However, it would be a mistake to restrict Plasmid's influences to Britain only. For instance, where  bands like Warwound or Violent Uprising pretty much kept to local dis-ness, Plasmid borrowed from other scenes as well. Indeed, as the Heresy chapter of "Trapped in a scene" reveals, the members of Plasmid also listened to a lot of hardcore as they traded tapes with Dig from Earache records. You can guess that they were really into Mob 47 (especially the drummer), Anti-Cimex and fast Scandinavian bands in general, but also Wretched (who had recently played in England), Siege or BGK. What made Plasmid different from influential local bands is that they also had this influence from abroad that made them thrive to play faster and faster (a common obsession apparently at the time when one also reads the Napalm Death Chapter). The result is a tornado of musical insanity that blends Antisect, Discharge, Wretched, Mob 47 and Disorder. The distinct Boston influence that Heresy is most renowned for will only come later. Here you have pummeling Mob 47-style drums with a distorted guitars playing sped-up early Antisect riffs, some Chaos UK/Disorder flavoured breaks, and a snotty singer who barks (or does he quack?) continuously albeit rather indistinctly (a Wretched influence perhaps). Even through the myst of noise, one can discern that the songs are actually solid and really energetic like the backbone to the future Heresy. 

Before discussing the lyrics and the aesthetics of Plasmid, let's have a brief yet epic word about this reissue. It is stunning. It honestly couldn't have been done better. In fact, this record is probably the best-looking, most comprehensive Ep reissue that I own. In later years, there has been a trend to reissue records exactly identical to the original, which is fine since it allows one to play the "let's-pretend-I-was-around-in-1984" game but still lacks the background information about the context of production of the band (and often the context is as crucial as the text). Here you have both, original artworks, lyrics, two inserts, liner-notes from band members now as well as how they introduced themselves then, a gatefold cover that turns into a poster in true Crass fashion. If they had included an old-looking patch, it would have been the reissue of the decade. If I had only one complaint, it would be that the cover is really not that great when compared to the amazing artwork inside the record. Indeed, if you are initially clueless about the band (and let's face it, a lot of people are), the cover is not very likely to entice you. I know, I am a picky bastard when it comes to all-important things.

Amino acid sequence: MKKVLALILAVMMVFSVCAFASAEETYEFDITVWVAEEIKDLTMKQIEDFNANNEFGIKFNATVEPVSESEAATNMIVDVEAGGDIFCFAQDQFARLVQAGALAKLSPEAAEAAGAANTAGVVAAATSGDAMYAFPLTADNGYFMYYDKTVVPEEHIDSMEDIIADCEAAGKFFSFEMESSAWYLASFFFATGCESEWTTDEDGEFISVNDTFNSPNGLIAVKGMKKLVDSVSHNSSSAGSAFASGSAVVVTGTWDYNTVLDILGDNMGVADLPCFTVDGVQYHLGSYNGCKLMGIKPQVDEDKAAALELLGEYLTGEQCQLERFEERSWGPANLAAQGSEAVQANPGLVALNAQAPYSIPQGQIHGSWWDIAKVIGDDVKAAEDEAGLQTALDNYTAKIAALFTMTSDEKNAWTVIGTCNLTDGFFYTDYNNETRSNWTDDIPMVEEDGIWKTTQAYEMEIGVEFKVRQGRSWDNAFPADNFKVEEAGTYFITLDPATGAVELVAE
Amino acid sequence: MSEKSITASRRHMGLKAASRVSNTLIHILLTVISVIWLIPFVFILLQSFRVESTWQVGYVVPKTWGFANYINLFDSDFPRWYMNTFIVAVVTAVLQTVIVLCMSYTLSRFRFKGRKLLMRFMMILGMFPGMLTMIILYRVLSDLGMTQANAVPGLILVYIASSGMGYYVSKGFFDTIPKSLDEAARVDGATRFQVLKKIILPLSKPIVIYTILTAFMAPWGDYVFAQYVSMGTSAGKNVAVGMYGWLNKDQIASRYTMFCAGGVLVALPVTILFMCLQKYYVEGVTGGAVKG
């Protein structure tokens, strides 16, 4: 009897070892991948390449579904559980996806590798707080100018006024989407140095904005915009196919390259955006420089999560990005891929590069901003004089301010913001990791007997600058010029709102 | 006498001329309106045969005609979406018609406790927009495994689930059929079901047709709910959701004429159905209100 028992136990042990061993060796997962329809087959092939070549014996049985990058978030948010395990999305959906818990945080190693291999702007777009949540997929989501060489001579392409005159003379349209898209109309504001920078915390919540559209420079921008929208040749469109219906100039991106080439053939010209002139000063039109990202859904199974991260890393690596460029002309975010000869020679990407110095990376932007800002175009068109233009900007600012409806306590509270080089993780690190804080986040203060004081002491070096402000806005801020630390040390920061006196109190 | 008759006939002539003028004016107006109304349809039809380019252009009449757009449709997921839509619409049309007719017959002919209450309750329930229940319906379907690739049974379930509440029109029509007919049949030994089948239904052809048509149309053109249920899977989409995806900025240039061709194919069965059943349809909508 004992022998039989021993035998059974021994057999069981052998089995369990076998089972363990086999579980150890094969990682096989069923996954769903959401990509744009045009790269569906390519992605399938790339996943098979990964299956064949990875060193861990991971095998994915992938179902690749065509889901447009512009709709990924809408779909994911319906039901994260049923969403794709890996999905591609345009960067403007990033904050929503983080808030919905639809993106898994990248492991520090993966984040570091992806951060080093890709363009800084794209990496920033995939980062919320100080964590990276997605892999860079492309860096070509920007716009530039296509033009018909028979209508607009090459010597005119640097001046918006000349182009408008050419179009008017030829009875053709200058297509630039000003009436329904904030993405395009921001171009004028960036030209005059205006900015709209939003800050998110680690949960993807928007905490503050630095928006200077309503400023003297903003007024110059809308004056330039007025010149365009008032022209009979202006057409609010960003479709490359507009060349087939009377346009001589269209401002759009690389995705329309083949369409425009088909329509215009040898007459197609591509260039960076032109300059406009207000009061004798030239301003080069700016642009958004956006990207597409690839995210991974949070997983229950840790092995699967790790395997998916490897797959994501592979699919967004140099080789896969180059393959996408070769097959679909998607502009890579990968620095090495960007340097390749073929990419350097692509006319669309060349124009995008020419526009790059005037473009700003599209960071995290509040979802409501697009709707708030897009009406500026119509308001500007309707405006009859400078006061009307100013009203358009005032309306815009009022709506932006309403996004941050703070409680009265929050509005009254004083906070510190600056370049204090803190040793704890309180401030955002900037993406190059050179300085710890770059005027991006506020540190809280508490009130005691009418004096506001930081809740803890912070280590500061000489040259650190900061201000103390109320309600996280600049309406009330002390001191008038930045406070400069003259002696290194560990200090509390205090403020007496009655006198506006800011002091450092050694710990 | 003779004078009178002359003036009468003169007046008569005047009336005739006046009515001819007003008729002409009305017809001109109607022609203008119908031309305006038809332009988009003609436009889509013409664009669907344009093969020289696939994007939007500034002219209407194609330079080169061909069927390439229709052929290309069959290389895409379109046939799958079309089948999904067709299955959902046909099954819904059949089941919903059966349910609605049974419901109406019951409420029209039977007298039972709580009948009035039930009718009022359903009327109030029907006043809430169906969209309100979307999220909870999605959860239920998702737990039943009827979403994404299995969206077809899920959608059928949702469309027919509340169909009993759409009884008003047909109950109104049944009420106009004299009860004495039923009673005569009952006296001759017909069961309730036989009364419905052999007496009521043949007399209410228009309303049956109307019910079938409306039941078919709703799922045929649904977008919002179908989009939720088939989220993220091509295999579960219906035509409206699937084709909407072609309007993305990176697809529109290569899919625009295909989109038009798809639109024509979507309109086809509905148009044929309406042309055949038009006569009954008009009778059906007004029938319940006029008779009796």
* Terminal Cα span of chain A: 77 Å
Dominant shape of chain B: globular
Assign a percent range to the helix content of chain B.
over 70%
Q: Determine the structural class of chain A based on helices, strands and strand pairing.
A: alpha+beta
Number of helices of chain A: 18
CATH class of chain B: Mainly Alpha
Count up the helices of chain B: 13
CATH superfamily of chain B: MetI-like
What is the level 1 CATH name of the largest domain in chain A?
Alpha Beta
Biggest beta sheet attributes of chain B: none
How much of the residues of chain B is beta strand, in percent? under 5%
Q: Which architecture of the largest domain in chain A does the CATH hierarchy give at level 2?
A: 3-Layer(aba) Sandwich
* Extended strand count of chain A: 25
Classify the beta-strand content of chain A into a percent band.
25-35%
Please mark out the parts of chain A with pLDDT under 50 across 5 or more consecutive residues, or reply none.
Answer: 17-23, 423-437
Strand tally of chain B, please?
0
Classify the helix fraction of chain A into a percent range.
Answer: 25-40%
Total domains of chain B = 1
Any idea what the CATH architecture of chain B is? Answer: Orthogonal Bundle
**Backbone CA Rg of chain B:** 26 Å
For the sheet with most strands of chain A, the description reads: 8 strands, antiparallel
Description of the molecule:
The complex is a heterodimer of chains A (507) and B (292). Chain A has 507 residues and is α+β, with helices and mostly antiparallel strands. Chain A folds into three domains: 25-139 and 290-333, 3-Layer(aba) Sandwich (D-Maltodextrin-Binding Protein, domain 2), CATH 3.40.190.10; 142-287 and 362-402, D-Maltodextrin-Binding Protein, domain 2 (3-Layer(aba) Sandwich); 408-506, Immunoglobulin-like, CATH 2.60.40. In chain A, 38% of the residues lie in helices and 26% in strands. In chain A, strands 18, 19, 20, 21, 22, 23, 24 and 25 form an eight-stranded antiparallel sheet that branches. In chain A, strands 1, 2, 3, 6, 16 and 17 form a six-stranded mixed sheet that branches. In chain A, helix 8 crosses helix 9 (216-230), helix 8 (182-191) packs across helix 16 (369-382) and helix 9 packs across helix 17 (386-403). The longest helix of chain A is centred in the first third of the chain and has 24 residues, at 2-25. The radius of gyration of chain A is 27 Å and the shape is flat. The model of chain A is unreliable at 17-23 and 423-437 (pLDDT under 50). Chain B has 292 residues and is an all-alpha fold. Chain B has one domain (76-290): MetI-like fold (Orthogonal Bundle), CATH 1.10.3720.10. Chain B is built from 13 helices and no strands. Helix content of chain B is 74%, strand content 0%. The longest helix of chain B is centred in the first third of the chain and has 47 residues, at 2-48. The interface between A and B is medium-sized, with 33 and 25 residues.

If Plasmid played hardcore-punk, their approach to music as conveyed throughout the topics of their songs and their visual quality was firmly ensconsed in the early anarchopunk scene. Not that there is any discrepancy in that, Antisect were as much an anarcho band as D&V, anarchopunk being supposed to be a way of doing things and a shared set of values, and not a genre. Still there are specific signs that indicate that one is entering vintage anarchopunk territory as construed by the British punks in the 80's: anti-war songs, the threat of a nuclear annihilation, animal abuse, the destructiveness of those in power and so on. The song "Lust for power" is about power-hungry politicians waging wars for their interests while discarding the very real effects of conflicts on populations (the careful geek will notice some Discharge intertextuality with the line "Lives are squandered"). Despite the Discharge nod, the lyrics to the song are rather long and more akin to an Anti-System number in terms of writing. The lyrics to two other songs are provided ("Cry of hunger" about starvation and poverty and "Immortal shadows" about victims of a nuclear fallout coming back from the dead!) but they don't appear on the demo. I guess the lyrics to the four other songs have been lost and you would be pretty lucky to understand them by just listening to them, in fact you would probably get a nobel price nomination by achieving this true feat.     

The absence of some of the lyrics doesn't, by any means, imply that you don't get much to read: as already mentioned, you have a two-page history of Plasmid written by Steve and Garn (with, as a bonus, the short review of the demo Pus did for MRR back then comparing Plasmid to fellow noise merchants Chaos UK and Asylum) as well as a text about bloodsports and fox-hunting and one text written by the band as a handout accompanying the demo. The reissue is packed with fantastic cut'n'paste artwork with top-notch drawings (the punk-skeleton doing the peace sign should have been used for a shirt... any taker?) and superb anarcho-influenced symbolism and slogans. As I said, this is possibly the loveliest Ep reissue that I have seen and one that the record label, Shortfuse records (also responsible for records from Lärm, Ripcord or Uniform Approach), must be very proud of.